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Exp Lung Res. 1997 Nov-Dec;23(6):537-52.

Comparison of adult and newborn pulmonary cytokine mRNA expression after hyperoxia.

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University of Rochester, Department of Pediatrics, NY 14642, USA.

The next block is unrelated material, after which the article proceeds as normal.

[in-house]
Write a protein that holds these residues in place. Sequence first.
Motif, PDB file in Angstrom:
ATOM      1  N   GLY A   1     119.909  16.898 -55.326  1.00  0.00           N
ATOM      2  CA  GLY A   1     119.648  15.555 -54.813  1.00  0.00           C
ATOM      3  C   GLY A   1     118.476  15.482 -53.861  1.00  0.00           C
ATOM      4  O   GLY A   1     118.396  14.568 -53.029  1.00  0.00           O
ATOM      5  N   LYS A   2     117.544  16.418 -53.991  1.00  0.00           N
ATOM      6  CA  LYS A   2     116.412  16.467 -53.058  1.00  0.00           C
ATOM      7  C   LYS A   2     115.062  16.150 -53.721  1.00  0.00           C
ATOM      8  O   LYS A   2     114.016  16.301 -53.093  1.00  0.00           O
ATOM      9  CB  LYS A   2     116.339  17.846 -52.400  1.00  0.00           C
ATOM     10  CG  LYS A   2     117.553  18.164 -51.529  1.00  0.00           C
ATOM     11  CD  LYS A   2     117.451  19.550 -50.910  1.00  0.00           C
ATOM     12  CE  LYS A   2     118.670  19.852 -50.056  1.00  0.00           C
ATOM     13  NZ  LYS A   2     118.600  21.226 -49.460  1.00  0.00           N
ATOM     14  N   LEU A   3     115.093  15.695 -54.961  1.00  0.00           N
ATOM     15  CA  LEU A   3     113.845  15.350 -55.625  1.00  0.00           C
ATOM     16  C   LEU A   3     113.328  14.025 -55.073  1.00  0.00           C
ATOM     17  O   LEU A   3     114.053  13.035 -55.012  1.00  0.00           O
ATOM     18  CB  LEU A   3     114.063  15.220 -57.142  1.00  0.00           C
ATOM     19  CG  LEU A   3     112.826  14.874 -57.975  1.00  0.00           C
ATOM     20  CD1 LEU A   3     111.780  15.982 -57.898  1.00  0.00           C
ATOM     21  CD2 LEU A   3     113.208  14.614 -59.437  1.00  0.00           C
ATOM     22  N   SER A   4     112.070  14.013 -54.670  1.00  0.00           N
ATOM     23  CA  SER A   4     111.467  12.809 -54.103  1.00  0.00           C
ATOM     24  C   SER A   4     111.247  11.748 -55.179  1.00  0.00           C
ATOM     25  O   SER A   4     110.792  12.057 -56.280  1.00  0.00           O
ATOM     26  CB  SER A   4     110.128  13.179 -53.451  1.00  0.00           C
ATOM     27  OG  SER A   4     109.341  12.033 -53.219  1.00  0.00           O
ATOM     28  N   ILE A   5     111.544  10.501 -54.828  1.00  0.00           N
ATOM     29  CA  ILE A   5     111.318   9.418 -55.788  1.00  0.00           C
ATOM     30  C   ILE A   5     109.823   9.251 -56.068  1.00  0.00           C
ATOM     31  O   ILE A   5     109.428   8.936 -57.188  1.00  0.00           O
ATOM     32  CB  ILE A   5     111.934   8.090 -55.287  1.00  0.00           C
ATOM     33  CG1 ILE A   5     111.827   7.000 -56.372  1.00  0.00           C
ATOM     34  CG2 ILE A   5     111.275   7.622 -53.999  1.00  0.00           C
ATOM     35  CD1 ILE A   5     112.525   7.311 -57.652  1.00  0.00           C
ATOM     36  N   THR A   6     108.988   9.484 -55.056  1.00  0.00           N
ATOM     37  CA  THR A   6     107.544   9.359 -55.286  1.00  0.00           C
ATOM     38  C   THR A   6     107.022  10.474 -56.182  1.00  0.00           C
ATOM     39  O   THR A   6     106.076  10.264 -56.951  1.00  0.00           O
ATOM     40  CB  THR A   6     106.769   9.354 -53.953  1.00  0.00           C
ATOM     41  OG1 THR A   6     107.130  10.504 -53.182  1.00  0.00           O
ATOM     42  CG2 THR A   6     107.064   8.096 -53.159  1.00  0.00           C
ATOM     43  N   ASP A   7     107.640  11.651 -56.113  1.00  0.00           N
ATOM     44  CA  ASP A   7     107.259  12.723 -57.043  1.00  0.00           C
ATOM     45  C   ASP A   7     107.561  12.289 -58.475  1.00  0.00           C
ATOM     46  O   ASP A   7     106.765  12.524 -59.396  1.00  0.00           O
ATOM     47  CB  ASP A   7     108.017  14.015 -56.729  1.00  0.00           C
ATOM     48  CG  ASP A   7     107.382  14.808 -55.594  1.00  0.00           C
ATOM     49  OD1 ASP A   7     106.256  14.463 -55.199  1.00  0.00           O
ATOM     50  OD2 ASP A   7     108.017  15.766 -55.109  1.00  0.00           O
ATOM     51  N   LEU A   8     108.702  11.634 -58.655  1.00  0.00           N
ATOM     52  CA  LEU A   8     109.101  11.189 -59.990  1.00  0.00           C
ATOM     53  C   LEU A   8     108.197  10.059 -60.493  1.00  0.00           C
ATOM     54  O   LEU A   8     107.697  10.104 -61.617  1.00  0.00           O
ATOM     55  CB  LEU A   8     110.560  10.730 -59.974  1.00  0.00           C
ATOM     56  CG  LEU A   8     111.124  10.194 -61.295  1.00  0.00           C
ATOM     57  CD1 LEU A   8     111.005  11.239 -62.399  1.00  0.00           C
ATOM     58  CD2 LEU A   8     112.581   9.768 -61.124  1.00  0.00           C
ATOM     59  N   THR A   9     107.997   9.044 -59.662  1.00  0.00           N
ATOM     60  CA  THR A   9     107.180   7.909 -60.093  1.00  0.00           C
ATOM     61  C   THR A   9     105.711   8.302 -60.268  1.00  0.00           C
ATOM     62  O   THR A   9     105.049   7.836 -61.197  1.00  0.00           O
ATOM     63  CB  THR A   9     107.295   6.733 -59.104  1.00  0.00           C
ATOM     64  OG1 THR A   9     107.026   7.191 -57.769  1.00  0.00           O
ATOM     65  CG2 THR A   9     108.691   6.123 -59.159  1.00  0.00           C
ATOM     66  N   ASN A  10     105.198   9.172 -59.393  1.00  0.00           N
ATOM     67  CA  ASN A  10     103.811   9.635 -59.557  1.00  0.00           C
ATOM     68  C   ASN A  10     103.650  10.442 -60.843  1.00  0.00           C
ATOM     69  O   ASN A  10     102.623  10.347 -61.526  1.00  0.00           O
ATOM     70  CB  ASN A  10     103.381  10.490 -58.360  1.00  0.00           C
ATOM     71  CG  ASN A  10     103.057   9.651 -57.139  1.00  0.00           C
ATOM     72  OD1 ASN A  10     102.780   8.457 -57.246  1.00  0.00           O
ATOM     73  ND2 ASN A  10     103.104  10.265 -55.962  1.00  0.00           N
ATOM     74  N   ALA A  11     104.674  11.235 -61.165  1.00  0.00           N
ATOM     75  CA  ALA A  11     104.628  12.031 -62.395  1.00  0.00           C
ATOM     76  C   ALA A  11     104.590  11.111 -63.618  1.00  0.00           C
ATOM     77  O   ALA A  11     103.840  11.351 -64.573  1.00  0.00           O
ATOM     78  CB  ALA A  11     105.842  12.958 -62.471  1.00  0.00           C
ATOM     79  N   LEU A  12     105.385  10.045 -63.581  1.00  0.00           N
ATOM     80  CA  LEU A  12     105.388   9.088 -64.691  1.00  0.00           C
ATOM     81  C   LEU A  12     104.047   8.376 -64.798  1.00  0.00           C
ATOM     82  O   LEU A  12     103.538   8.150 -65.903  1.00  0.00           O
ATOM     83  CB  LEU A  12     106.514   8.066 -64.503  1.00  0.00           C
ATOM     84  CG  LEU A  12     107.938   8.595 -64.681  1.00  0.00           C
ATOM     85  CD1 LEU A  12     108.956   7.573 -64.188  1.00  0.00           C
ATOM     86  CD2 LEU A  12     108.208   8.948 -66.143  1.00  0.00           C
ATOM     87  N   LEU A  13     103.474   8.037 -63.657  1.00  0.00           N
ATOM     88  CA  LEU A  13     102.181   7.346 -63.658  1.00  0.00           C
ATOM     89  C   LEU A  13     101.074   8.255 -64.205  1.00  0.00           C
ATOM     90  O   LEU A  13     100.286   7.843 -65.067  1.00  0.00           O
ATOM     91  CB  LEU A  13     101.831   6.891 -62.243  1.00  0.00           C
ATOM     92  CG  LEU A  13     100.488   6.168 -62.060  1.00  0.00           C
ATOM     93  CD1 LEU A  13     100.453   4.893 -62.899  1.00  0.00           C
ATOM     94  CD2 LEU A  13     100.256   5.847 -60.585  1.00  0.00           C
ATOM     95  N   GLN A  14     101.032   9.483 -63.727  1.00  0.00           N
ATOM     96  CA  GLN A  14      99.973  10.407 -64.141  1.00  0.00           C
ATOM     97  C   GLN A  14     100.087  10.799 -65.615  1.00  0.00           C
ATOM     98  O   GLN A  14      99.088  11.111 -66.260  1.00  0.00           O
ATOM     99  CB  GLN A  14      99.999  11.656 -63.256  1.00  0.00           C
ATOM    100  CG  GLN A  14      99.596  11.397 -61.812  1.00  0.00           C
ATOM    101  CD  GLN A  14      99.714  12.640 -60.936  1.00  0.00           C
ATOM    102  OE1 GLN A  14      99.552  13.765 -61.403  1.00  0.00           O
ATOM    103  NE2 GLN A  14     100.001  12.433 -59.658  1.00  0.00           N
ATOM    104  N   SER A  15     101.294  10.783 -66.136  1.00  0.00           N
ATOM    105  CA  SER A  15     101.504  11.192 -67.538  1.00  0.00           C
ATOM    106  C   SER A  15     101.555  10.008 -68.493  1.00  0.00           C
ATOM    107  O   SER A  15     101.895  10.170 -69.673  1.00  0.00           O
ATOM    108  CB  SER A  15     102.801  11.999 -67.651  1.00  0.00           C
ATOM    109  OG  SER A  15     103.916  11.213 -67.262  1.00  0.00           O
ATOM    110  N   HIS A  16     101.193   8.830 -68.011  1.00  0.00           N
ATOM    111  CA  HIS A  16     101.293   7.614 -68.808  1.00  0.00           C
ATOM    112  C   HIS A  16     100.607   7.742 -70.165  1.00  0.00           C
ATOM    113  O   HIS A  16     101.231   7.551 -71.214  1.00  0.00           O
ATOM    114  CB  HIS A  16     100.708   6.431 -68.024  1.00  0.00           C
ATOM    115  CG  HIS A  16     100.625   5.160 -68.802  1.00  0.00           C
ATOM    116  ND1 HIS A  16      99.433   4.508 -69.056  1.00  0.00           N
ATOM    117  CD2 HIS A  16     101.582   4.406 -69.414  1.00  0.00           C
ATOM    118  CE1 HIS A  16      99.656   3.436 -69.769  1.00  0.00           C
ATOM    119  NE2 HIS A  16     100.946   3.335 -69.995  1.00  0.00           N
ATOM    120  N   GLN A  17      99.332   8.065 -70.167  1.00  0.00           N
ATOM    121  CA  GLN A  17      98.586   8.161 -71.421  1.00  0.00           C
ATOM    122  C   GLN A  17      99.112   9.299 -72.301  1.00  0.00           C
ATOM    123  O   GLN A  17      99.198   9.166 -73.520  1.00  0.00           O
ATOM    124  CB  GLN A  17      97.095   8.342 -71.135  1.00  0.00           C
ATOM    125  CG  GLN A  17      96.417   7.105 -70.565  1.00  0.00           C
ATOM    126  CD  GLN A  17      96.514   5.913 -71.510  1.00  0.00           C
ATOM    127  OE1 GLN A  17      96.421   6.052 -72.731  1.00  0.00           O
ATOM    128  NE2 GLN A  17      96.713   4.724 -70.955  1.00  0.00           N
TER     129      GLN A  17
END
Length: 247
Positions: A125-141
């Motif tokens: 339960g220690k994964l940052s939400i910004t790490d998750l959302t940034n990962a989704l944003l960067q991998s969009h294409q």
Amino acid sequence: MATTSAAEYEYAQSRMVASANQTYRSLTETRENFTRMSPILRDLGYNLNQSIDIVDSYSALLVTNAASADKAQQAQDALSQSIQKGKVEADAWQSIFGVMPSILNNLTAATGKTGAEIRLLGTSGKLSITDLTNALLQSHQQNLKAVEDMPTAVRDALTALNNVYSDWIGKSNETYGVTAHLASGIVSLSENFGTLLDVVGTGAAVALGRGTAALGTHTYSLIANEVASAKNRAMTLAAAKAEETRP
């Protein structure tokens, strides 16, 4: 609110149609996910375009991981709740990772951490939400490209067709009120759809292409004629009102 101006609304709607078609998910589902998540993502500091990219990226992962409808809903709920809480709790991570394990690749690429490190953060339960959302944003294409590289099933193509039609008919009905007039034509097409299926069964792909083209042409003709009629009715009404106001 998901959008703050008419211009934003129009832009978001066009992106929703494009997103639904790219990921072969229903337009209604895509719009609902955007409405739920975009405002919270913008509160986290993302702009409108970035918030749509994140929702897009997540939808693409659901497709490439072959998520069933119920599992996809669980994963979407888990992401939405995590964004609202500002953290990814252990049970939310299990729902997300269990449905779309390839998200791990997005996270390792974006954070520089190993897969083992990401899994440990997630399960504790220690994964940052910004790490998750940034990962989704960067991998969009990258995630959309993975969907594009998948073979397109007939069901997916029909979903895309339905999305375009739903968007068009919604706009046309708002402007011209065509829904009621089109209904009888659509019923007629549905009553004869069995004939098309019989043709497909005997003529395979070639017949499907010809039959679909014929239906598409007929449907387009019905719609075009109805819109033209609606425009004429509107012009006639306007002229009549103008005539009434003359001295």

Neonatal animals of several species are more tolerant of hyperoxic exposure than are adults. However, the mechanisms of increased neonatal tolerance are unknown, as are the cell types that contribute to oxygen resistance. This study examined hyperoxic lung injury in neonatal and adult C57BL/6 mice. Adults and neonatal mice were exposed to > 95% oxygen for 78 h and 10 days, respectively. Lung mRNAs were assayed by RNase protection assay. After 72 h of exposure, the messages encoding tumor necrosis factor alpha (TNF-alpha) and interleukin 1 beta and 6 (IL-1 beta, IL-6) were increased 2-fold in adult lungs. However, at this time point these mice are near or at lethality. No alterations in neonatal lung mRNAs were detected until 7 days of oxygen exposure. At that time neonatal mice demonstrated increases in lung mRNAs encoding TNF-alpha, IL-1 beta, and IL-6 of 3-, 5-, and 8-fold, respectively. Acute alveolitis and slight edema were detected, but lethality wasn't observed until 10 days of exposure. In situ hybridization in neonatal mice suggests accumulation of TNF-alpha and IL-1 beta transcripts in pulmonary interstitial macrophages and in a subset of neutrophils after 7 days of exposure. Messages encoding IL-1 alpha, IL-2, IL-3, IL-4, IL-5,IL-10 interferon-gamma (IFN-gamma), and TNF-beta were not altered from controls in either adult or neonatal mice at any time point examined. In conclusion, adult mice demonstrate little change in cytokine mRNA until lethality is imminent, whereas newborn mice demonstrate an acute induction of TNF-alpha, IL-1 beta, and IL-6 early in the development of hyperoxic injury, which suggests that a rapid cytokine response early in the development of hyperoxic injury may play an important role in the adaptation of neonatal lungs to toxicity from prolonged oxygen exposure.

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